The Selland restaurant family, the proprietors behind Ella, are conducting a national search for English's replacement and already trying out chefs. Will Ella's ever popular pappardelle pasta with poached egg remain on the menu? We'll have to stay tuned for that, and will let you know when the new executive chef is named.

"It's been a huge pleasure to lead that kitchen and cook for people in Sacramento," says English. "I wish them luck in their search. I think they'll find someone who'll continue what we're doing."

June 12, 2009
Grand opening of Naggiar Vineyards

Want to see what a $1.5 million wine tasting room looks like? Then check out the grand opening festivities going down this Saturday and Sunday at Naggiar Vineyards in Grass Valley (18125 Rosemary Lane, Grass Valley; 530-268-9059). This 3,600 square foot facility features plenty of wine tasting for the public, plus an events center and covered patio for outdoor sipping. Plenty of activities are on the grand opening weekend menu, including live music, prize drawings and a ribbon cutting ceremony at 2 p.m. Saturday. The festivities run from 12 p.m. - 5 p.m. on Saturday and Sunday. Regular tasting room hours will be Friday through Monday from 11 a.m. to 5 p.m. For more information and directions:

June 11, 2009
OneSpeed goes full speed on opening night

OneSpeed opened with a bang Wednesday night as East Sacramento neighbors and Waterboy aficionados alike converged on Folsom Boulevard and 48th Street. Tables were packed throughout the night and the attractive new neighborhood pizzeria with the artisan touch drew rave reviews from diners.

Rick Mahan, the owner and chef at the acclaimed Waterboy restaurant in midtown, has spent months - and lots of money - to get OneSpeed rolling. A bicycle devotee and the owner of 8 bikes (and counting), Mahan wants to celebrate cycling as a way of life at his new pizza place, thus the name.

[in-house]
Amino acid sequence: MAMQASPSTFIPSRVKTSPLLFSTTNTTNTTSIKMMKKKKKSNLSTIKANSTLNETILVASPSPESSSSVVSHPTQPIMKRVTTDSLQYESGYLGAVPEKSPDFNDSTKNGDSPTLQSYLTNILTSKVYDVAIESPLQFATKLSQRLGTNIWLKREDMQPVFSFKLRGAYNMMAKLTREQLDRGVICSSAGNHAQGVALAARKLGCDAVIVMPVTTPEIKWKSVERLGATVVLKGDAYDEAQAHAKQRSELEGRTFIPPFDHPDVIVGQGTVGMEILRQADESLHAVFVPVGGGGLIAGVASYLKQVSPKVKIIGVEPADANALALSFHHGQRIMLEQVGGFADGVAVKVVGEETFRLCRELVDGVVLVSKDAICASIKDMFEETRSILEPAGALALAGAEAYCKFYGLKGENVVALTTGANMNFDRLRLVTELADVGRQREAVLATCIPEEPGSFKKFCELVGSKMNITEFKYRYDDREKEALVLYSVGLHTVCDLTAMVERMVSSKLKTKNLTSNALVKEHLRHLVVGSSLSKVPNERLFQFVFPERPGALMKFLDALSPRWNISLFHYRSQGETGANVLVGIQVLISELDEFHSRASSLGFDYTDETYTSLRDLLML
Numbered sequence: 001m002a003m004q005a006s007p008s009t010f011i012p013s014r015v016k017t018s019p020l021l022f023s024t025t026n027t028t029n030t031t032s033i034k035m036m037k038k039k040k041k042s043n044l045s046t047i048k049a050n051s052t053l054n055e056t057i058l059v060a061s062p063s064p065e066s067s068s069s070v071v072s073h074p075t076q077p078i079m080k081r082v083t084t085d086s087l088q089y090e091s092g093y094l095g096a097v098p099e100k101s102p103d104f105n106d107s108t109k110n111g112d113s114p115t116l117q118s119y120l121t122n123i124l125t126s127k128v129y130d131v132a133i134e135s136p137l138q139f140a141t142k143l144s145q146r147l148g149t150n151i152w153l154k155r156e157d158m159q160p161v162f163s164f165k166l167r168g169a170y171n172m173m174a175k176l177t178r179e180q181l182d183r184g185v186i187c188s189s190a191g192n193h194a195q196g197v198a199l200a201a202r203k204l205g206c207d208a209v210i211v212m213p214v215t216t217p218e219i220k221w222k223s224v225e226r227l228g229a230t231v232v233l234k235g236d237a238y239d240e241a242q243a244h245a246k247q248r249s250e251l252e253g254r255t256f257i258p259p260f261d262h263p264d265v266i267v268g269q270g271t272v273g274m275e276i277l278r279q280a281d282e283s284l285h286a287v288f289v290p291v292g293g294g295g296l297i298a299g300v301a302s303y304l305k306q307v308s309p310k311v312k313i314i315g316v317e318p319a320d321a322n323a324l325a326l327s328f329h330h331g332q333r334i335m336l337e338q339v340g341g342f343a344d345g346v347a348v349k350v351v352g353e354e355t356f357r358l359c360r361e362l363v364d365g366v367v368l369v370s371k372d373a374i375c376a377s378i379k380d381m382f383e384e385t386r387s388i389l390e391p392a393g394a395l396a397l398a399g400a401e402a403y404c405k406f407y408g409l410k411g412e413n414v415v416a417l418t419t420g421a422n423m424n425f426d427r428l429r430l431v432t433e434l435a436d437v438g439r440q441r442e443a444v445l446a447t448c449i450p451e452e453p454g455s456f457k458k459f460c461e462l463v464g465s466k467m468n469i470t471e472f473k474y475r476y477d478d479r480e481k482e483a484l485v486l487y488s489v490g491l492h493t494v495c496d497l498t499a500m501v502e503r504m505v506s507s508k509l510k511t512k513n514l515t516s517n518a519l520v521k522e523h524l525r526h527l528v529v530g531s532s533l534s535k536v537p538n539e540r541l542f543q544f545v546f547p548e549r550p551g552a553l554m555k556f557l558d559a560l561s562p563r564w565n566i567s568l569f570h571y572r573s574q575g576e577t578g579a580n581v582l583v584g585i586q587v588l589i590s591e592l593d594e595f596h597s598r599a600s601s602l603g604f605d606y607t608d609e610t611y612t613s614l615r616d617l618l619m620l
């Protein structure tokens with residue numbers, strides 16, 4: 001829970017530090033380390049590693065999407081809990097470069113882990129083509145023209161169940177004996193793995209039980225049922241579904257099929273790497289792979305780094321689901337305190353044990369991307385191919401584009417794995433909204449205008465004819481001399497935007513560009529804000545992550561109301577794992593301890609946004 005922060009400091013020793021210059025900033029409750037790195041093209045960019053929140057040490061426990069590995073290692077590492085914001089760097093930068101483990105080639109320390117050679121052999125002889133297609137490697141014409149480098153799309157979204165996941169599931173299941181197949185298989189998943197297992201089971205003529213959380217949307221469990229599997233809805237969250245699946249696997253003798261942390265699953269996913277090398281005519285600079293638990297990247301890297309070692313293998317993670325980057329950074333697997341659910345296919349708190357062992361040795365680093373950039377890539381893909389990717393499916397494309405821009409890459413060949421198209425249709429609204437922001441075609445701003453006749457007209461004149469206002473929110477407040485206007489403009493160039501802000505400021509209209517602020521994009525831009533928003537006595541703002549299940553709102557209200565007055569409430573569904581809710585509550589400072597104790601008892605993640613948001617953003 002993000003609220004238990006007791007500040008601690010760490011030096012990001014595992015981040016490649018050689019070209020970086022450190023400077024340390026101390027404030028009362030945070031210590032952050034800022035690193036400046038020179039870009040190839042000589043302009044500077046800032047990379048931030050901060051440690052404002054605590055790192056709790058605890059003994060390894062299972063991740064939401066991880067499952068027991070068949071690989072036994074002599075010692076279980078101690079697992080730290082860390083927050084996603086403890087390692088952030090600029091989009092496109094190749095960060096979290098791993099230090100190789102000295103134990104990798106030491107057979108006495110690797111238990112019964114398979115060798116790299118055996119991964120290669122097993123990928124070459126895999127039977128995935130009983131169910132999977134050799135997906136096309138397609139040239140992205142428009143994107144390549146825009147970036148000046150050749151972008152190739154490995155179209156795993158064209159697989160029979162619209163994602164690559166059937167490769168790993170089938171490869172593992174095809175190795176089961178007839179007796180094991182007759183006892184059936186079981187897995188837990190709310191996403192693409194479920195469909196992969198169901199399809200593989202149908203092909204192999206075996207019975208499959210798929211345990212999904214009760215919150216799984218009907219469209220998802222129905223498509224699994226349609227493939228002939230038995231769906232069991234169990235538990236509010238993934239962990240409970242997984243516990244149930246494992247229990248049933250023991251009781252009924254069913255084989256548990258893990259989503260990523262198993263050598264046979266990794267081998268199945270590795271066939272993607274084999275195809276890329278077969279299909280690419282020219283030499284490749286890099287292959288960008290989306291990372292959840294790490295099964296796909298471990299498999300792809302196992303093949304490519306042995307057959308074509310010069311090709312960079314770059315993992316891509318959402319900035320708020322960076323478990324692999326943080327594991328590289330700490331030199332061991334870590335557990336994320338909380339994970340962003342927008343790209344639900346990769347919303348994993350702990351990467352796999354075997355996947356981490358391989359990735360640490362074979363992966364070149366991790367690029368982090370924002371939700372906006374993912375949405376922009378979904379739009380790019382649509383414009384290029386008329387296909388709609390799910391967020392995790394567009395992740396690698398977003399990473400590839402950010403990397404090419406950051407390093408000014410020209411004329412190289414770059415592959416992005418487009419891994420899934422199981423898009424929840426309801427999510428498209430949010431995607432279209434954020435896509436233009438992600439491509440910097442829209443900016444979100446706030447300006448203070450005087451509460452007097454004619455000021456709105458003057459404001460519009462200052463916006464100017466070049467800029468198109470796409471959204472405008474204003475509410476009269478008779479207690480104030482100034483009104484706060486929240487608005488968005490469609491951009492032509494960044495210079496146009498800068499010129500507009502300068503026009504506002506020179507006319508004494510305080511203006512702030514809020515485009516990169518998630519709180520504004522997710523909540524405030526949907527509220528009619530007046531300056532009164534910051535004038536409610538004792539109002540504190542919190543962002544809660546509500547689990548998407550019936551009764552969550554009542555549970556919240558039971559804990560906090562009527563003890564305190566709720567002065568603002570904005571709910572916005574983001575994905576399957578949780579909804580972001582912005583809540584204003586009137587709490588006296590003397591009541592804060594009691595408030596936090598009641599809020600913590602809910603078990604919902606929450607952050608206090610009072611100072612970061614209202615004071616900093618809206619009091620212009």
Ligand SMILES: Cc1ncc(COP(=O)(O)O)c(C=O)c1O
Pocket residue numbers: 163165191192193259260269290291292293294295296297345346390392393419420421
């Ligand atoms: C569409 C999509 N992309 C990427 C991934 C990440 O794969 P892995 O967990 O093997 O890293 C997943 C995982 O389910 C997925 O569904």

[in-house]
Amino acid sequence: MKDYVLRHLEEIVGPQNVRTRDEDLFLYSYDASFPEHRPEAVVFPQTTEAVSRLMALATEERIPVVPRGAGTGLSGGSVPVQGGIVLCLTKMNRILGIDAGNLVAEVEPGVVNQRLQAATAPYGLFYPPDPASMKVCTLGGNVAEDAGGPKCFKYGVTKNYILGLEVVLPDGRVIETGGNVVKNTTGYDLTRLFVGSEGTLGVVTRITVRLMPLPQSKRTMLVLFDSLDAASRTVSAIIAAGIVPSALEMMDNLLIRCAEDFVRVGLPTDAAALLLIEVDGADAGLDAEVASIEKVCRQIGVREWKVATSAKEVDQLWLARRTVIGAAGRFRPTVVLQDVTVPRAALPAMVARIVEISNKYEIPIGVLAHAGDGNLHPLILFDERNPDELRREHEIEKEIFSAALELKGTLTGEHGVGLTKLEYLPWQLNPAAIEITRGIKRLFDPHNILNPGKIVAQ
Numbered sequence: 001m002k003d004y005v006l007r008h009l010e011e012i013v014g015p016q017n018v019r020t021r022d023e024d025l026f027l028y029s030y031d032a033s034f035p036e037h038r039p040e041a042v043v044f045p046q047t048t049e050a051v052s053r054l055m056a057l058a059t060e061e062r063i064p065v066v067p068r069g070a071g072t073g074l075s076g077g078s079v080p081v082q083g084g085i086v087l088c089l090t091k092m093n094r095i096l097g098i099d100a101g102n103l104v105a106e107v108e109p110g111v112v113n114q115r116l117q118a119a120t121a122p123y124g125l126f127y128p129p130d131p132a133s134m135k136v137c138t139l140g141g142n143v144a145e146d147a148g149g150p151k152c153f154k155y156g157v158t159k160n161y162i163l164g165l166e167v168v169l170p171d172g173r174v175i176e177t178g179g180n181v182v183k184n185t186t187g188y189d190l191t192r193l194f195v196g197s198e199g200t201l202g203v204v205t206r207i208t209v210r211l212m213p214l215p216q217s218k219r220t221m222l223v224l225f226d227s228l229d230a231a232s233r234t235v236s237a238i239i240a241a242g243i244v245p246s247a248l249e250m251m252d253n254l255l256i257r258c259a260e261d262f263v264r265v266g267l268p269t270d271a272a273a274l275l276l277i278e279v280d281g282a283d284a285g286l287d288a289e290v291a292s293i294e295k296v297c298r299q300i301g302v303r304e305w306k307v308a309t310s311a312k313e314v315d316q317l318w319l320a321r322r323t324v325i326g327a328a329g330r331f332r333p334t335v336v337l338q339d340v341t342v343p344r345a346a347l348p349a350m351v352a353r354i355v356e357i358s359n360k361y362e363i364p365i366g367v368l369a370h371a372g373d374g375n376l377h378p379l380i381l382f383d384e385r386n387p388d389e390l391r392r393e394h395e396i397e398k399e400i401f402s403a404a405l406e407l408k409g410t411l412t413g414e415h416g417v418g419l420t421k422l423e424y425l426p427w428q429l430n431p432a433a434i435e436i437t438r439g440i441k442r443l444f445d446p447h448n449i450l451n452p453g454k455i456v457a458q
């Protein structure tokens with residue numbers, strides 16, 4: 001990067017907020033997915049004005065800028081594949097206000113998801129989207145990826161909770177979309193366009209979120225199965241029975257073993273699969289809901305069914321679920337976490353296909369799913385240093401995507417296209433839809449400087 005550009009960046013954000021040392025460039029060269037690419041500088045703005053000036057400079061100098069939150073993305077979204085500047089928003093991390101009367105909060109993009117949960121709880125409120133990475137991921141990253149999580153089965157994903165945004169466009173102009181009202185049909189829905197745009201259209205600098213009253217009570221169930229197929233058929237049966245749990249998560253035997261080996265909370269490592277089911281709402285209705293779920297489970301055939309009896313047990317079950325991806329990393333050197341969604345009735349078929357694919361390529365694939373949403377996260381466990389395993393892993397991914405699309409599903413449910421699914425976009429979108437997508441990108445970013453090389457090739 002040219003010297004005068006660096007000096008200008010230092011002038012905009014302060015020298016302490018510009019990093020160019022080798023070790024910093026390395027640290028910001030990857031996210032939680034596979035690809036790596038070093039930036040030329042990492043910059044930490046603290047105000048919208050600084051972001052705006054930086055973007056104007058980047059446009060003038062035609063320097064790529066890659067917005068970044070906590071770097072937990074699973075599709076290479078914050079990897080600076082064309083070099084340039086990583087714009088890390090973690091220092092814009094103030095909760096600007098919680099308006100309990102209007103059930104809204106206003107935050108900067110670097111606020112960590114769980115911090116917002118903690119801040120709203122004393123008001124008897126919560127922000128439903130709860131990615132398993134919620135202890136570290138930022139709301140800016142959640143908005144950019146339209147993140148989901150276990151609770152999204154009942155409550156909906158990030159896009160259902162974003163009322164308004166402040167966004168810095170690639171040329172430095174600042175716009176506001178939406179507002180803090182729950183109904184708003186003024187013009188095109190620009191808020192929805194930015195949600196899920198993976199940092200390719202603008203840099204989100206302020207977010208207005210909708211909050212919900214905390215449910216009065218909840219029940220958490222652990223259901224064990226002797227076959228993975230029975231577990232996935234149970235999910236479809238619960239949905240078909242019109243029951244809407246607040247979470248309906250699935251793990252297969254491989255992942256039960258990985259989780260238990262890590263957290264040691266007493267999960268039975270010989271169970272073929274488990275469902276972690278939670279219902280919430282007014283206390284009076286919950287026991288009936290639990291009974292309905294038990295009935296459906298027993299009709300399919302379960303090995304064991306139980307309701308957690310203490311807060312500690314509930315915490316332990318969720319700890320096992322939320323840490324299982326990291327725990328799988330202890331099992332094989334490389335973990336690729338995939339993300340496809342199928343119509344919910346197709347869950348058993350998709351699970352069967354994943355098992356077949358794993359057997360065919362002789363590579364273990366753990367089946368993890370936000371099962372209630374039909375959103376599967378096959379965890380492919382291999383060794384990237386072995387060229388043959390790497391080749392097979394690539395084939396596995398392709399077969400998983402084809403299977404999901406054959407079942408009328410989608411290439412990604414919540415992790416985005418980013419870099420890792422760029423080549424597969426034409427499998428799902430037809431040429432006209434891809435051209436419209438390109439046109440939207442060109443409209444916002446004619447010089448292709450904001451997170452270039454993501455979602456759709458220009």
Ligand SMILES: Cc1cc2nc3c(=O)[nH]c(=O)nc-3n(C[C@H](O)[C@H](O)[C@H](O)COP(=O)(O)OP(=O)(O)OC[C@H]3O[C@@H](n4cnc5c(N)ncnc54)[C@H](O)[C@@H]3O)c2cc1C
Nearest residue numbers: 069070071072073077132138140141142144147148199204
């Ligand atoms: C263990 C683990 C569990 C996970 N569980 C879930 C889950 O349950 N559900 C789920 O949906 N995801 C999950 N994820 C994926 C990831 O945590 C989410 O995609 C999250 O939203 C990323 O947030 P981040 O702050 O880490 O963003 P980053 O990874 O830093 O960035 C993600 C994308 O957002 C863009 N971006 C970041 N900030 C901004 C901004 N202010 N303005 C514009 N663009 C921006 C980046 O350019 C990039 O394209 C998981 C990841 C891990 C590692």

The orders flew into the open kitchen at a frenzied pace, as servers and cooks and bussers zig-zagged each other all night. And there was Mahan, dressed in shorts and sporting the chiseled calves of a cyclist (I can talk about a chef's calves, can't I?), running the show and offering encouragement to his staff, which included four servers, two bartenders, two bussers, two managers and seven cooks. They didn't get out of there until 11 p.m. From the looks of the happy crowd, OneSpeed could have stayed open half the night.

"I was so pleased with my staff. It was easily the best opening I've ever been involved with," Mahan told me when I caught up with him by phone the next day.

It had to be overwhelming. Mahan and crew were expecting 100 diners. They got 200-plus, including yours truly, who thoroughly enjoyed the thin-crust pizza that comes out of the oven in about two minutes, the perfectly cooked salmon, and the buttery gnocchi. But I'd be remiss if I didn't mention the cherry tart, which was very simple but absolutely delicious.

In the spirit of OneSpeed and Mahan's celebration of the bike, we rode our one-speed bikes to the restaurant for opening night. Alas, the bike racks haven't arrived yet, so we locked our rigs to a signpost across Folsom Boulevard. Mahan's bike rack is going to consist of several reclaimed old bike frames welded together.

Referring to the big night, Mahan drew a deep breath and said with a laugh, "I'm pleased because I've never owed so much money in my life."

June 10, 2009
New owners @ Old Sugar Mill


Now being served at the Old Sugar Mill: a set of new owners.